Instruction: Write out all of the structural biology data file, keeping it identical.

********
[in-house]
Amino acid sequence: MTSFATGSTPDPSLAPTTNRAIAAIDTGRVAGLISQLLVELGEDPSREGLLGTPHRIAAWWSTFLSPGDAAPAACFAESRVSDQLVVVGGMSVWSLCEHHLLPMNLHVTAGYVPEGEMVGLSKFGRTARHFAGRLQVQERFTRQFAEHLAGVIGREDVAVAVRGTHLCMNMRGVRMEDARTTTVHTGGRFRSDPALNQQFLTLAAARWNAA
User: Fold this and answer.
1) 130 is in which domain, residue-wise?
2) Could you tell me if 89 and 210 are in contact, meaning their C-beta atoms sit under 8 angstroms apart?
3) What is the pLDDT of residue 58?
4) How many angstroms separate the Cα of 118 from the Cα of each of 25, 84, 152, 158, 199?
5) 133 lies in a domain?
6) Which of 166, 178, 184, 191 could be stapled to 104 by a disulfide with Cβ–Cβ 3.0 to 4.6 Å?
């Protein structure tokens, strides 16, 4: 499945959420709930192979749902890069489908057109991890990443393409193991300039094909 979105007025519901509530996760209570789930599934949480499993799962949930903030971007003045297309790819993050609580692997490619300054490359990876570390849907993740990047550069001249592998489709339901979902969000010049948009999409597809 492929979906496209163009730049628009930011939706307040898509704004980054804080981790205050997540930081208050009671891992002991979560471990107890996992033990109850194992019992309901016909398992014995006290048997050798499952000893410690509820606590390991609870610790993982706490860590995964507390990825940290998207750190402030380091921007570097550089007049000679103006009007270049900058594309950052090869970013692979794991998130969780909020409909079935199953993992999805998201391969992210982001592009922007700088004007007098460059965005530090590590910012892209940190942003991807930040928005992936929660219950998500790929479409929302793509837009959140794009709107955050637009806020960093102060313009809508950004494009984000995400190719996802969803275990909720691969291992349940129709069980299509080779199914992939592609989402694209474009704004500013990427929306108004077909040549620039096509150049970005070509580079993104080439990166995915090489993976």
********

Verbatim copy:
[in-house]
Amino acid sequence: MTSFATGSTPDPSLAPTTNRAIAAIDTGRVAGLISQLLVELGEDPSREGLLGTPHRIAAWWSTFLSPGDAAPAACFAESRVSDQLVVVGGMSVWSLCEHHLLPMNLHVTAGYVPEGEMVGLSKFGRTARHFAGRLQVQERFTRQFAEHLAGVIGREDVAVAVRGTHLCMNMRGVRMEDARTTTVHTGGRFRSDPALNQQFLTLAAARWNAA
User: Fold this and answer.
1) 130 is in which domain, residue-wise?
2) Could you tell me if 89 and 210 are in contact, meaning their C-beta atoms sit under 8 angstroms apart?
3) What is the pLDDT of residue 58?
4) How many angstroms separate the Cα of 118 from the Cα of each of 25, 84, 152, 158, 199?
5) 133 lies in a domain?
6) Which of 166, 178, 184, 191 could be stapled to 104 by a disulfide with Cβ–Cβ 3.0 to 4.6 Å?
């Protein structure tokens, strides 16, 4: 499945959420709930192979749902890069489908057109991890990443393409193991300039094909 979105007025519901509530996760209570789930599934949480499993799962949930903030971007003045297309790819993050609580692997490619300054490359990876570390849907993740990047550069001249592998489709339901979902969000010049948009999409597809 492929979906496209163009730049628009930011939706307040898509704004980054804080981790205050997540930081208050009671891992002991979560471990107890996992033990109850194992019992309901016909398992014995006290048997050798499952000893410690509820606590390991609870610790993982706490860590995964507390990825940290998207750190402030380091921007570097550089007049000679103006009007270049900058594309950052090869970013692979794991998130969780909020409909079935199953993992999805998201391969992210982001592009922007700088004007007098460059965005530090590590910012892209940190942003991807930040928005992936929660219950998500790929479409929302793509837009959140794009709107955050637009806020960093102060313009809508950004494009984000995400190719996802969803275990909720691969291992349940129709069980299509080779199914992939592609989402694209474009704004500013990427929306108004077909040549620039096509150049970005070509580079993104080439990166995915090489993976």